If you submit to us, you’ll have the chance to be read by wonderfully talented writers, and possibly get a shot at empowering women who have suffered in a lit magazine whose audience comes from all over the world.

Submissions cap at 300, and we have 230 right now, so submit soon!

ONLY 2 WEEKS LEFT TO SUBMIT!

Hello writers and artists on Tumblr! My name is Sebastian and I am beginning this new project that has been a long time in the making.  I am beginning to curate a literary/art magazine by teenagers, for teenagers.  This work will only be by kids 13-18, because I feel like those are the people who have some of the best work to share and they are never given an outlet to share it.  That is why I am creating this magazine, because I want more adolescent voices to be heard. If you are interested in submitting writing (essays, poems, short stories, flash fiction, etc.) or visual art (photography, graphic design, drawing, painting, etc.) then feel free to head over to the Submission Guidelines. Thank you so much and have a wonderful day! 

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Read The Yeah Write Review for FREE!

Hey guys! Did you know that about a year ago, we had a literary magazine for a few seasons? Each issue contains writing advice articles by English majors, published authors, MFA students, etc., as well as short stories, nonfiction pieces, poetry, and beautiful photography.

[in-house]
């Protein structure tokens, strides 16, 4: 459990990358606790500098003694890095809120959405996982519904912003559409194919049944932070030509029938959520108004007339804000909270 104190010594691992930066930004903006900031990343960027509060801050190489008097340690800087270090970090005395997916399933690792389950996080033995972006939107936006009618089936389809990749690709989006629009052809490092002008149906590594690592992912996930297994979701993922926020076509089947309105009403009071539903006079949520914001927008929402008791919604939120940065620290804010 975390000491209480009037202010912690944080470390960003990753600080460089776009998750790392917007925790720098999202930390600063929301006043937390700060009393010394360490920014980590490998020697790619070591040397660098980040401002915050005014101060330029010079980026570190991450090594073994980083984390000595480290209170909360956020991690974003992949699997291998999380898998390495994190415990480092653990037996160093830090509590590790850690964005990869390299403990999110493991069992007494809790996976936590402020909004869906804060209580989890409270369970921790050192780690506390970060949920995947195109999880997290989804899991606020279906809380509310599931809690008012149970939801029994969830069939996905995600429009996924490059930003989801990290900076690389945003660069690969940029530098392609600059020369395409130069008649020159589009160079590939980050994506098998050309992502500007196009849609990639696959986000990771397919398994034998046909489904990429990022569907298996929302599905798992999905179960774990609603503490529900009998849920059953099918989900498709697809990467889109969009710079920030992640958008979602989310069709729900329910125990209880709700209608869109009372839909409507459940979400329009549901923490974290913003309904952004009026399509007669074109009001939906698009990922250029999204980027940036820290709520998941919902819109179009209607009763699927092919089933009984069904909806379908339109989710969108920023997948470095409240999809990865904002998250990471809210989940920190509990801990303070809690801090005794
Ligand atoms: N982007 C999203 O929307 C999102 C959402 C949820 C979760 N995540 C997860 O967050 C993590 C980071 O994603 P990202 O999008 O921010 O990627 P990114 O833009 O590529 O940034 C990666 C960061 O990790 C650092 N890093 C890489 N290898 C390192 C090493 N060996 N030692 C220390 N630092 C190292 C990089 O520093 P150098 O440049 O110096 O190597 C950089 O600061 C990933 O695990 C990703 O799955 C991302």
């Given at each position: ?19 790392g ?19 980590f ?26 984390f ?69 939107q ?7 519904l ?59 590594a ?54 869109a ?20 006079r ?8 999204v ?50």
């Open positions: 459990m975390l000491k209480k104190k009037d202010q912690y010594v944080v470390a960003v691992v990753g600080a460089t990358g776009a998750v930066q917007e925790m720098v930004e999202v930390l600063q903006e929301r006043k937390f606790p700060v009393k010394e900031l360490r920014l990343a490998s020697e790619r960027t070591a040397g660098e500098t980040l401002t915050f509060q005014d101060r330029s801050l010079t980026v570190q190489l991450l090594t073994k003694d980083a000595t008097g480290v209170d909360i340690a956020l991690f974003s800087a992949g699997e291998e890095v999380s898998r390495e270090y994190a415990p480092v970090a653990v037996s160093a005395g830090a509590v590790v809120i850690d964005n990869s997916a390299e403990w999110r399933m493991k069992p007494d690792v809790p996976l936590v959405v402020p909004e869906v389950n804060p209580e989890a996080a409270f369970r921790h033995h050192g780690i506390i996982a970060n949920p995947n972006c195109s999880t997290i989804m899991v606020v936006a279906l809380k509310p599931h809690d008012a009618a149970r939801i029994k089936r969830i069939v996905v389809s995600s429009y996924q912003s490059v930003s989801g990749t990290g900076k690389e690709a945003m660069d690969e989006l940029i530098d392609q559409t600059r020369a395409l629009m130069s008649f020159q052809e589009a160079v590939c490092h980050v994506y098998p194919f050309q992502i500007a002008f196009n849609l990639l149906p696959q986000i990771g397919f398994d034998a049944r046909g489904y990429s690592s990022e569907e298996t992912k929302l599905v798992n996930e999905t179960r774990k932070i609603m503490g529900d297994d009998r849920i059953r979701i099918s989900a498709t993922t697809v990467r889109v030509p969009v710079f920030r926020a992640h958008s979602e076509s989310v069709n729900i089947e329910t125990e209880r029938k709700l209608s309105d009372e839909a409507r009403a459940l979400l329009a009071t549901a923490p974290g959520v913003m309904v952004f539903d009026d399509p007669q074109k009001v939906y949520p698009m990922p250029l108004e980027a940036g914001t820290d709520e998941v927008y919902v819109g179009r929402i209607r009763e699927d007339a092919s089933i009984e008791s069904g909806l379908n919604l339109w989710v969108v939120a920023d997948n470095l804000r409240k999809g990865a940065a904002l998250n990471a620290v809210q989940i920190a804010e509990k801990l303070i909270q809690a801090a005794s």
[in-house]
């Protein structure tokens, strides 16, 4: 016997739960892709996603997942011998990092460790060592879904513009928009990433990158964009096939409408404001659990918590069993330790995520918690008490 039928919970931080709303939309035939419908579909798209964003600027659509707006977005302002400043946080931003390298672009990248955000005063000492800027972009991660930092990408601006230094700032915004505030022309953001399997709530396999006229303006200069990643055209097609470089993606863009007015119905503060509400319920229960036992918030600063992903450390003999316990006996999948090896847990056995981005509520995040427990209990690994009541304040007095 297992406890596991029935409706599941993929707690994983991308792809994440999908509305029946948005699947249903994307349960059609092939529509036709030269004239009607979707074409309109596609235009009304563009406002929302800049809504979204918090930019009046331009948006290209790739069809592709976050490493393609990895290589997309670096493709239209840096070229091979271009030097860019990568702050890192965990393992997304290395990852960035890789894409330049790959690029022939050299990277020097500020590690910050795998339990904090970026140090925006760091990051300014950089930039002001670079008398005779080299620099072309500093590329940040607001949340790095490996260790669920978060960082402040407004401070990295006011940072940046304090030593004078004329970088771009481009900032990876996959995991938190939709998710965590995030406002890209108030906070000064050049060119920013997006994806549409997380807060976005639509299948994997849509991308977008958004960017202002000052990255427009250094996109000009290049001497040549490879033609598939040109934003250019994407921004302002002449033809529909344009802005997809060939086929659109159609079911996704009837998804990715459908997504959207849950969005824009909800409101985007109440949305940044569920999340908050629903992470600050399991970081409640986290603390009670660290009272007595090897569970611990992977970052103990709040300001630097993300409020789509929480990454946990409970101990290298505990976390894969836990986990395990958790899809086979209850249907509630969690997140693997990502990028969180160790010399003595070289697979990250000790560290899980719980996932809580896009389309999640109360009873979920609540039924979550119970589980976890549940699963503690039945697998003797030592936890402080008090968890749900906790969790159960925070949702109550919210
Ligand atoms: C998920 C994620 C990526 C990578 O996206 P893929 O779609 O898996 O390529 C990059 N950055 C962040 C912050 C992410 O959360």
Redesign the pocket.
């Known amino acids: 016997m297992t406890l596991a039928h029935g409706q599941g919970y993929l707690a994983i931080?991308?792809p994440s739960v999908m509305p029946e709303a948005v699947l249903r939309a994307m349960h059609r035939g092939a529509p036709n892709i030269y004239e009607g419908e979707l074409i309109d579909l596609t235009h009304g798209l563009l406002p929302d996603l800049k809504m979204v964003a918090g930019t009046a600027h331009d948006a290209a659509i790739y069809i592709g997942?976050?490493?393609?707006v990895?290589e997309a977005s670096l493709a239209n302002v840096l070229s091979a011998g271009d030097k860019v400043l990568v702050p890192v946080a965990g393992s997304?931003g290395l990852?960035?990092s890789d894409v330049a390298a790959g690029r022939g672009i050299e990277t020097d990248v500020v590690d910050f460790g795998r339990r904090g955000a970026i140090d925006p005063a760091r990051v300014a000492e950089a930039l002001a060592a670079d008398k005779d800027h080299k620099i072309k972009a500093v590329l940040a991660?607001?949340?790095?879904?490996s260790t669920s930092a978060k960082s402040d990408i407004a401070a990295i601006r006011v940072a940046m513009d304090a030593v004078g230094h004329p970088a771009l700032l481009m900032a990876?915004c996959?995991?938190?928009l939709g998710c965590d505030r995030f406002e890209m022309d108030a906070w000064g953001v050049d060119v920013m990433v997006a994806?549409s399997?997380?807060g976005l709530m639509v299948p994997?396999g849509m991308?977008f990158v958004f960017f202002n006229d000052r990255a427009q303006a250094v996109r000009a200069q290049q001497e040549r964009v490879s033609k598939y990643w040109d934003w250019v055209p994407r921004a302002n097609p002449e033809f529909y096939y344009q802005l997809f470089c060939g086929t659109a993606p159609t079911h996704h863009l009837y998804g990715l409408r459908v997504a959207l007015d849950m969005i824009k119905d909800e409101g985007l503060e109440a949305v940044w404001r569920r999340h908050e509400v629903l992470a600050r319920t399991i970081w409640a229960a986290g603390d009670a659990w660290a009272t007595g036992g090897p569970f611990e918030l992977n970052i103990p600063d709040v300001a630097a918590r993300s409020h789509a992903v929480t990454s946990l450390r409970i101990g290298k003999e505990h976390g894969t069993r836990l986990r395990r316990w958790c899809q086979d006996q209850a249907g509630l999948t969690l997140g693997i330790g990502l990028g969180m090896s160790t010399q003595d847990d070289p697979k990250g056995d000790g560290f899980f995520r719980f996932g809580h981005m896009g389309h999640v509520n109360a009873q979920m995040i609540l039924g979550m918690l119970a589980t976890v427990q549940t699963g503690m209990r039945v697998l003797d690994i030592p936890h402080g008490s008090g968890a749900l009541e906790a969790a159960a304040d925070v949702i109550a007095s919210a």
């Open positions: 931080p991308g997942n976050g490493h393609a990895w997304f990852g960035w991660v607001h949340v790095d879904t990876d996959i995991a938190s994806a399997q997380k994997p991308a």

I had to put it on indefinite hiatus because it was too time consuming, but I’m still really proud of the 3 issues we created! The copies used to be paid but since it’s been a year I thought ah, what the hell, I’ll put them right on Yeah Write so people can read them for free :)

Go to yeahwriters.tumblr.com/ywreview and click on each issue to open up in a beautiful viewer (make sure you don’t just click the arrow that shows up because then it just displays really tiny in the page haha). And all of the links within the mag are live!

I hope you’ll check them out out!

kickstarter.com
Ichor - Issue One: Diversity - Young Adult lit magazine
Ichor is a print-only lit magazine for Young Adult readers and writers, featuring fiction, non-fiction, interviews, book recs, and art.

What is Ichor Magazine?

Hi there! We’re Jensine Jones and Candice Sooknarine, the co-founders of Ichor Magazine, a brand new Young Adult lit mag! Jensine is from Canada and Candice from the UK – we met while studying for our Masters degree in Publishing four years ago. We’ve since spent many late nights and early mornings (thanks, time zones!) deep in discussion about our love for YA lit, diversity, and representation. It was these conversations that first sparked the idea that would, over the next eight months, become Ichor Magazine.

We both have a deep love for YA literature – we really think it is often willing to tackle subjects that adult fiction won’t, and does so in really interesting and innovative ways. Let’s be real, there’s a reason that there’s always a ton of YA lit on the ALA’s annual list of most banned and challenged books, and it sure ain’t cause YA is afraid to challenge convention. Still, mainstream YA publishing can’t seem to quite get over the hetero white status quo, which is where the conversation about Ichor really began.